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The Anderson County Sheriff’s Office – Emergency Services Division has been conducting instructional workshops for County Employees on things they can do if they are ever confronted with an armed intruder situation.  The workshops are based on the ALICE program.  The ALICE program teaches potential victims to make themselves harder to target — and that includes ways to fight back. ALICE is an acronym for Alert, Lockdown, Inform, Counter, and Evacuate.

though your first thought about an armed intruder in a school or workplace may be, "That would never happen here in Anderson County," the reality of the matter is that these types of incidents can happen anywhere and at any time, including right here in Anderson County.  And if you are unfortunate enough to find yourself in the same place as an armed intruder, whether you're at work or in a school, it's best to be prepared.  If you can run away reasonably safely, that should always be your first move.  If not, you need to hide and barricade yourself. And if you come face to face with a shooter, then you will need to fight for your life.  That’s the purpose of these workshops, to give options to our county employees.


County employees that have taken this training have found it to be helpful, and enlightening, with many seeing the benefit of expanding this type of program throughout the community.   As a part of the program, important first aid basics are also taught.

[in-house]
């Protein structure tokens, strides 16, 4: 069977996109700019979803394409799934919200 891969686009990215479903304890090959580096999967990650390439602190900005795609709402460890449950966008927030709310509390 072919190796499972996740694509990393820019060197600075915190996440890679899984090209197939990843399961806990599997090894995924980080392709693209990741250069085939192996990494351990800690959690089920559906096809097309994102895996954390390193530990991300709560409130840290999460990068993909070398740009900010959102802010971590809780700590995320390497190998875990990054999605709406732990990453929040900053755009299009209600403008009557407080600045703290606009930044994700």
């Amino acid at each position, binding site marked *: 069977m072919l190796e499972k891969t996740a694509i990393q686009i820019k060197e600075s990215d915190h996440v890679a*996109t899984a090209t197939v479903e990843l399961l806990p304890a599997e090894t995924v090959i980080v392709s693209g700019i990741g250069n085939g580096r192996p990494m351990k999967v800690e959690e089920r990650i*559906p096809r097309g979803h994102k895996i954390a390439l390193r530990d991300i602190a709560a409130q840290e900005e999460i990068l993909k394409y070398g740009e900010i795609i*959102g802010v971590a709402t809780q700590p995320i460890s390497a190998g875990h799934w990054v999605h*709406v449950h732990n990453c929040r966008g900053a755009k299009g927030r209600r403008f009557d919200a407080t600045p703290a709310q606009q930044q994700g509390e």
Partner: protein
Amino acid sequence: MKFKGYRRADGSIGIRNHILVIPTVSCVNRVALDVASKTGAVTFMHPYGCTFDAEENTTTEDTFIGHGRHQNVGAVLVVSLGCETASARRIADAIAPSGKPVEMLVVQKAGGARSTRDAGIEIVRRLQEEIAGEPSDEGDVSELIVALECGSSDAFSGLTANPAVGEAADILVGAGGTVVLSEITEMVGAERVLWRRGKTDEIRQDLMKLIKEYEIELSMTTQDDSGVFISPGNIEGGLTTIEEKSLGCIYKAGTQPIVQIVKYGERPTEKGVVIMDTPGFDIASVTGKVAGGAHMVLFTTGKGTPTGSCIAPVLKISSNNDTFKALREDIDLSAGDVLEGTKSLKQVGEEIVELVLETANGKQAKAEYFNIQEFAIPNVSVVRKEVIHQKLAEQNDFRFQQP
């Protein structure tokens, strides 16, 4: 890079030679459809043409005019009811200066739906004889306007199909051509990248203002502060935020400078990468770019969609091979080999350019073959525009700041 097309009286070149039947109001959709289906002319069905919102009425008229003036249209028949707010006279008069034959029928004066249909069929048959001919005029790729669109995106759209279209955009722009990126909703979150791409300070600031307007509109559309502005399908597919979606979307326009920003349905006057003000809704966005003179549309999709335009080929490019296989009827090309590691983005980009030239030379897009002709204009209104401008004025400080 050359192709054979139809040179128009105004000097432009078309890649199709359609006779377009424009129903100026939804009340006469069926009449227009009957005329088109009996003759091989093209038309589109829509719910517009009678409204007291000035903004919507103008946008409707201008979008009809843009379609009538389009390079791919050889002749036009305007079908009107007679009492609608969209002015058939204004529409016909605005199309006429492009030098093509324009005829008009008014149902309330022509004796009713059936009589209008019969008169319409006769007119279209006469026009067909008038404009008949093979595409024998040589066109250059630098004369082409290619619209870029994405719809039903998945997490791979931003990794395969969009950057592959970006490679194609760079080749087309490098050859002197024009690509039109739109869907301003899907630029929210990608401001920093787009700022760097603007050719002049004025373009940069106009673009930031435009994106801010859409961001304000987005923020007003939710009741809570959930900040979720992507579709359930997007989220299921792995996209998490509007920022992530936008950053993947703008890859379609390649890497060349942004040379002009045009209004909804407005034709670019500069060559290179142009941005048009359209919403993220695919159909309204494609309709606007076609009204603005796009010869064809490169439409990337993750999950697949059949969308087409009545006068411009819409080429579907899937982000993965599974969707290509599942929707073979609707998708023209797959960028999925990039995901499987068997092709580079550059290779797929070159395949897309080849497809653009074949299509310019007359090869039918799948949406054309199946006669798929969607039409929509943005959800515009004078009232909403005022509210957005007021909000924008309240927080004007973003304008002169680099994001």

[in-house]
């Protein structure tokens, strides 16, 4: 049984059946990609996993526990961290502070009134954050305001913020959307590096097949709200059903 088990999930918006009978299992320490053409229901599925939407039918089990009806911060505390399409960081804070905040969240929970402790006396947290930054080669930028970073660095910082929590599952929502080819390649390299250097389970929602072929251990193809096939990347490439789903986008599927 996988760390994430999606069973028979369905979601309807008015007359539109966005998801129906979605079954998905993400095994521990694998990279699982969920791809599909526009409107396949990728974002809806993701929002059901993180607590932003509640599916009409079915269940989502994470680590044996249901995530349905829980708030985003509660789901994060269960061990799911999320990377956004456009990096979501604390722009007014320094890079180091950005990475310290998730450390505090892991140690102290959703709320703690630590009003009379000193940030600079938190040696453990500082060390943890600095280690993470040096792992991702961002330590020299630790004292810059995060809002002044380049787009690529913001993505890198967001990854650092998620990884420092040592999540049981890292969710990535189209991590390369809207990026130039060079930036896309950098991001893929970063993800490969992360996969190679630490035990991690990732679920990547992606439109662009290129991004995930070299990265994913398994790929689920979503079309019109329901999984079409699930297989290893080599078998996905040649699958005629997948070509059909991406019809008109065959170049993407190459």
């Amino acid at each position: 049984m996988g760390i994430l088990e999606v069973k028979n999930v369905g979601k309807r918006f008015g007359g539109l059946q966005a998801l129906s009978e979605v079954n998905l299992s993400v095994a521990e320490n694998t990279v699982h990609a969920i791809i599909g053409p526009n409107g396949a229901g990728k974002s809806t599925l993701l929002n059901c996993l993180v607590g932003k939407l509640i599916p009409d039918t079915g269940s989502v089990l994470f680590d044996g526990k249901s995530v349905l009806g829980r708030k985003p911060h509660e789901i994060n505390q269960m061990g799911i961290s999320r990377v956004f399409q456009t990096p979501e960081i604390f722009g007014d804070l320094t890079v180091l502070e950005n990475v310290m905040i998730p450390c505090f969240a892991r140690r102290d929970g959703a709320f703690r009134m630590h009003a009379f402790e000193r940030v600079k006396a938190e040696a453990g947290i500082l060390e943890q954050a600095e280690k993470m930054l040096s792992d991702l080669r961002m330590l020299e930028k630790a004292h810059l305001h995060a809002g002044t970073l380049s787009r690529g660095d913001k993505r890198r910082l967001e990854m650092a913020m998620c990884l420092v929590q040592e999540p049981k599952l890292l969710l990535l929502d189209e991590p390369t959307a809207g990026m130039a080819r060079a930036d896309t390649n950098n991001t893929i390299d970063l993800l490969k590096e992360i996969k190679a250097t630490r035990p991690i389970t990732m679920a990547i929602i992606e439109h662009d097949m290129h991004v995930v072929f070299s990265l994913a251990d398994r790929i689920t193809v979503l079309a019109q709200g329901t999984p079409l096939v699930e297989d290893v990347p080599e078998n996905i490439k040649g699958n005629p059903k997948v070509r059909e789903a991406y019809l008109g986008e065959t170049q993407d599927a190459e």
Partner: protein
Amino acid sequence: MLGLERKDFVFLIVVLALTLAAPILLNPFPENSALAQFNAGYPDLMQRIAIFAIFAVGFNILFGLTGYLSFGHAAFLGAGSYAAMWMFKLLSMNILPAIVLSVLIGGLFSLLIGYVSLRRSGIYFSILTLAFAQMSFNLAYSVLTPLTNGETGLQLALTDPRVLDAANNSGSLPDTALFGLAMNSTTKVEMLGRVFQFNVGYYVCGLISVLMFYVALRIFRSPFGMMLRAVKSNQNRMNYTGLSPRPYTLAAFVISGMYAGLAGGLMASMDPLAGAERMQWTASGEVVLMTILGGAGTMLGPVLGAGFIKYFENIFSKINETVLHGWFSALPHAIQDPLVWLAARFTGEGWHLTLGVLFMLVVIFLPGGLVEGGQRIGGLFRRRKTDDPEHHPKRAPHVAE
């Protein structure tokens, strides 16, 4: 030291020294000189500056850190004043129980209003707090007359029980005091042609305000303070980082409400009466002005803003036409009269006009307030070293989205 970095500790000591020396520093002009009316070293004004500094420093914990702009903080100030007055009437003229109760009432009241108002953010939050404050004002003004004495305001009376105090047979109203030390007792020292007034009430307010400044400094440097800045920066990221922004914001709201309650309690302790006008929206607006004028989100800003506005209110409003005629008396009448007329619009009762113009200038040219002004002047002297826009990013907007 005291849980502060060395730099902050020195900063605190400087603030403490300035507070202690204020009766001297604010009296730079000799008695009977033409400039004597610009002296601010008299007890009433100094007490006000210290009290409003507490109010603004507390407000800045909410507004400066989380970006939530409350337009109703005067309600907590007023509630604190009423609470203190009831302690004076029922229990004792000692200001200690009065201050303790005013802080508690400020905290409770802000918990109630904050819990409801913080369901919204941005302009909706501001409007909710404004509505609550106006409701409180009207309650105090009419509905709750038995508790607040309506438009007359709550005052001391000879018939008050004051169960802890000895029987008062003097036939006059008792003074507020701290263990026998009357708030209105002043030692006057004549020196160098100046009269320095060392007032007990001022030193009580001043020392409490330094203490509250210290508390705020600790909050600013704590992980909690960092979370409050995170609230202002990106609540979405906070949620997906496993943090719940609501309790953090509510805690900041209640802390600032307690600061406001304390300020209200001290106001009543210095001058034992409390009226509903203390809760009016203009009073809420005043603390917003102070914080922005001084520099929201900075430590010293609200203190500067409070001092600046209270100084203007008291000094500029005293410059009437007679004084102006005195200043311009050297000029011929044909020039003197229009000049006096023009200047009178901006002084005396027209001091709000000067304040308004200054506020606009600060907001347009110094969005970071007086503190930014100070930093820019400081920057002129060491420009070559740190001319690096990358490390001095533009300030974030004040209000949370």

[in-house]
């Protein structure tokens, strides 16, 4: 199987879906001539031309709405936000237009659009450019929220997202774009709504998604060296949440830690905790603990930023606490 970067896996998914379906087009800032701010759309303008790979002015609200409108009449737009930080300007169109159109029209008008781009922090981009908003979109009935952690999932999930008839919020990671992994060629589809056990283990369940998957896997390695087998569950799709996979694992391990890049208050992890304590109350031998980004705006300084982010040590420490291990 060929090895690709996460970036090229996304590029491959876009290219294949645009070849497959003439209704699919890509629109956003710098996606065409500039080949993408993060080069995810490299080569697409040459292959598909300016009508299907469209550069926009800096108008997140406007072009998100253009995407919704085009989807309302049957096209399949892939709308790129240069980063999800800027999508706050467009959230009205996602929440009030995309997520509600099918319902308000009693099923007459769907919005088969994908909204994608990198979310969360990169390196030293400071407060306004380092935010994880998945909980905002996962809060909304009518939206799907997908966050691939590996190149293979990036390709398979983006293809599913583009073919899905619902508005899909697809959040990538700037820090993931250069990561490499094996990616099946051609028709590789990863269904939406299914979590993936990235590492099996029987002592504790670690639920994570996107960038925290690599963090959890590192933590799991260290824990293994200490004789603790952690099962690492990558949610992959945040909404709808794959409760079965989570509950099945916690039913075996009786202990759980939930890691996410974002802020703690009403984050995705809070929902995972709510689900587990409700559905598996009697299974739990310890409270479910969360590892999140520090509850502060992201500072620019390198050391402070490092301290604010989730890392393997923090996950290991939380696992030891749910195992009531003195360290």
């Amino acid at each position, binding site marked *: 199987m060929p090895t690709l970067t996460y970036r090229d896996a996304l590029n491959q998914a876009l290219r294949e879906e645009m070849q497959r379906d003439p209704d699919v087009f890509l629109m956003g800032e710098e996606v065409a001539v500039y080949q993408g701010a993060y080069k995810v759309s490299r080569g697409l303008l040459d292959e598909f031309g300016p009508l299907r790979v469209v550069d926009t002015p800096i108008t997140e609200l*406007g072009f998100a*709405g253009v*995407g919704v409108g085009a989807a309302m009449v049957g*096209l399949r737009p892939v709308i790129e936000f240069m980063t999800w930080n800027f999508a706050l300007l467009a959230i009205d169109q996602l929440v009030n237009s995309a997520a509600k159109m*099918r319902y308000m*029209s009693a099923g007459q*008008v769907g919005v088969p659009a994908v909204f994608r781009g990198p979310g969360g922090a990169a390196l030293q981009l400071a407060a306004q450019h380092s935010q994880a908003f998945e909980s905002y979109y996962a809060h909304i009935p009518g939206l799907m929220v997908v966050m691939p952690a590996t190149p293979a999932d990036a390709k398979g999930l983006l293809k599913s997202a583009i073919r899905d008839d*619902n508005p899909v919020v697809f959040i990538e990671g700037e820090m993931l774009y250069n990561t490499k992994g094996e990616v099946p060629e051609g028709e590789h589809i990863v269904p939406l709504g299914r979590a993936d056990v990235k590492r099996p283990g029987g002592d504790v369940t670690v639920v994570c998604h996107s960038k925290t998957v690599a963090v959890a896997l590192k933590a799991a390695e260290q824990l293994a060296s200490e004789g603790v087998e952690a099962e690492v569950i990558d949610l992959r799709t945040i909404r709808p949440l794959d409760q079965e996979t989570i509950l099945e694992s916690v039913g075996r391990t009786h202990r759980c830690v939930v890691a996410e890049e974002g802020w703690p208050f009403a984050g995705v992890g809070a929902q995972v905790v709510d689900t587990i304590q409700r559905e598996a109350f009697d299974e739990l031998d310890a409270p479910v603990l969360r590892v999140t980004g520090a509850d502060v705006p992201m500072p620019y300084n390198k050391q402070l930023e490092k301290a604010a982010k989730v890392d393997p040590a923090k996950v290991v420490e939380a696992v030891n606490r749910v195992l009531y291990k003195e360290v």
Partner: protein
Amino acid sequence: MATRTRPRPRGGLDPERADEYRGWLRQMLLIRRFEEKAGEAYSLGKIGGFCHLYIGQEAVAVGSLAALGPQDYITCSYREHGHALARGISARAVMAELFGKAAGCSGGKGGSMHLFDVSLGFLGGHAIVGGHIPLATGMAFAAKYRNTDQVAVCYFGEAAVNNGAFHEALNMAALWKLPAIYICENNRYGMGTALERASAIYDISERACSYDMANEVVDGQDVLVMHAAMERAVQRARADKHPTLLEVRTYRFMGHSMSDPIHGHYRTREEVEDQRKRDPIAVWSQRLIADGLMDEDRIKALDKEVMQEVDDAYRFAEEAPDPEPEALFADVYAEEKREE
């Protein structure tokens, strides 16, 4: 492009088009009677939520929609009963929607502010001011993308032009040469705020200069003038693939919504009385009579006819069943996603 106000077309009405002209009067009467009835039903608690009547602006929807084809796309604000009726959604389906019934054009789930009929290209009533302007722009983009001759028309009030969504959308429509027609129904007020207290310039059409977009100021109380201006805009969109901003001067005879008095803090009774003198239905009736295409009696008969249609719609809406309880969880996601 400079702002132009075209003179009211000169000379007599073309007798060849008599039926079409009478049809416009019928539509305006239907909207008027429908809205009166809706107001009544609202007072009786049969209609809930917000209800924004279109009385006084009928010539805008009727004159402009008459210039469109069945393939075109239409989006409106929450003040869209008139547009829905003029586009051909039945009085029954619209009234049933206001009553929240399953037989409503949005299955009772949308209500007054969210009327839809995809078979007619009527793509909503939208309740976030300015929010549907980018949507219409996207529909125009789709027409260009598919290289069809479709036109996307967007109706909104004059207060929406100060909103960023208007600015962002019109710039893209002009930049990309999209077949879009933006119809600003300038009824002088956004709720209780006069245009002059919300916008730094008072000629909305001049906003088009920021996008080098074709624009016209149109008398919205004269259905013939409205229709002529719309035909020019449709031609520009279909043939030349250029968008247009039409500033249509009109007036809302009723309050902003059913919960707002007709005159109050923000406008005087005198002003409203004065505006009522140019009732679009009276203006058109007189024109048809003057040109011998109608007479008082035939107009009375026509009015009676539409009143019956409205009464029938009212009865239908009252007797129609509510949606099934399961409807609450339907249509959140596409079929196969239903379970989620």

These training sessions will be on-going, with the goal of reaching every Anderson County Employee.  According to Anderson County Emergency Services Director, Taylor Jones, “Our goal is not just to make this type of training available to our county employees, but to develop a culture in Anderson County of being prepared to take action and to not to simply be a passive victim.”  Similar programs will be developed by the Emergency Services Division for schools, businesses and even houses of worship in Anderson County.


According to Sheriff John Skipper “The reality is that Law Enforcement cannot be at all places, all of the time.  When something tragic, like a school or workplace shooting occurs, citizens need to be prepared to take necessary action to defend themselves in those minutes that Law Enforcement is on the way.”  Additional information about these training programs can be found at the Emergency Services Division Website, http://andersoncountyes.com

We are often asked why the Sheriff’s Office Detention Center doesn’t operate an inmate “chain gang”. Chain gangs are a group of sentenced prisoners chained together who perform manual labor such as digging ditches, building roads, planting crops, or clearing debris. The use of chain gangs was phased out nationwide by the mid 1950’s and made a short lived resurgence in the mid 1990’s during the “tough on crime” era.
inmate_labor4.jpgThe majorities (approximately 85%) of inmates housed by the Anderson County Sheriff’s Office Detention Center are pre-trial detainees and cannot be used on a labor detail until convicted of a crime. Pre-trial inmates are expected to clean their individual housing units and maintain a level of personal hygiene. Although you won’t travel down the roadway and see a group of inmates chained together working, inmate labor is still widely used in Anderson County every day.  This inmate labor saves the taxpayers of Anderson County hundreds of thousands of dollars per year In fact, in an average month, there are roughly 9000 man hours of inmate labor performed in Anderson County, that if based on minimum wage, comes to over $783,000 annually in savings.